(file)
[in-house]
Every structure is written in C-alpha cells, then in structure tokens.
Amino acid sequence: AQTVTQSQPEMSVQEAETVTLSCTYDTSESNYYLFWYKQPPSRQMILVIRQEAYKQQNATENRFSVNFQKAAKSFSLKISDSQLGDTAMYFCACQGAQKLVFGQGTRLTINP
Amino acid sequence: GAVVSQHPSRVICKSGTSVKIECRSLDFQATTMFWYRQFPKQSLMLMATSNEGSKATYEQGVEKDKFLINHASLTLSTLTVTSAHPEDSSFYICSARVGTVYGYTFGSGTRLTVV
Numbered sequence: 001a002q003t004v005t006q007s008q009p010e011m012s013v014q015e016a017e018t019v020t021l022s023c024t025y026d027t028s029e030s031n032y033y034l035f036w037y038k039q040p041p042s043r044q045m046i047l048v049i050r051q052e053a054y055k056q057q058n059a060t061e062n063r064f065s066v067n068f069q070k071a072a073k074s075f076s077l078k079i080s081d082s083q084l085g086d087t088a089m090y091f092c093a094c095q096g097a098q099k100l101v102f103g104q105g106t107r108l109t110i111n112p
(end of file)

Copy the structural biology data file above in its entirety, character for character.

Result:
[in-house]
Every structure is written in C-alpha cells, then in structure tokens.
Amino acid sequence: AQTVTQSQPEMSVQEAETVTLSCTYDTSESNYYLFWYKQPPSRQMILVIRQEAYKQQNATENRFSVNFQKAAKSFSLKISDSQLGDTAMYFCACQGAQKLVFGQGTRLTINP
Amino acid sequence: GAVVSQHPSRVICKSGTSVKIECRSLDFQATTMFWYRQFPKQSLMLMATSNEGSKATYEQGVEKDKFLINHASLTLSTLTVTSAHPEDSSFYICSARVGTVYGYTFGSGTRLTVV
Numbered sequence: 001a002q003t004v005t006q007s008q009p010e011m012s013v014q015e016a017e018t019v020t021l022s023c024t025y026d027t028s029e030s031n032y033y034l035f036w037y038k039q040p041p042s043r044q045m046i047l048v049i050r051q052e053a054y055k056q057q058n059a060t061e062n063r064f065s066v067n068f069q070k071a072a073k074s075f076s077l078k079i080s081d082s083q084l085g086d087t088a089m090y091f092c093a094c095q096g097a098q099k100l101v102f103g104q105g106t107r108l109t110i111n112p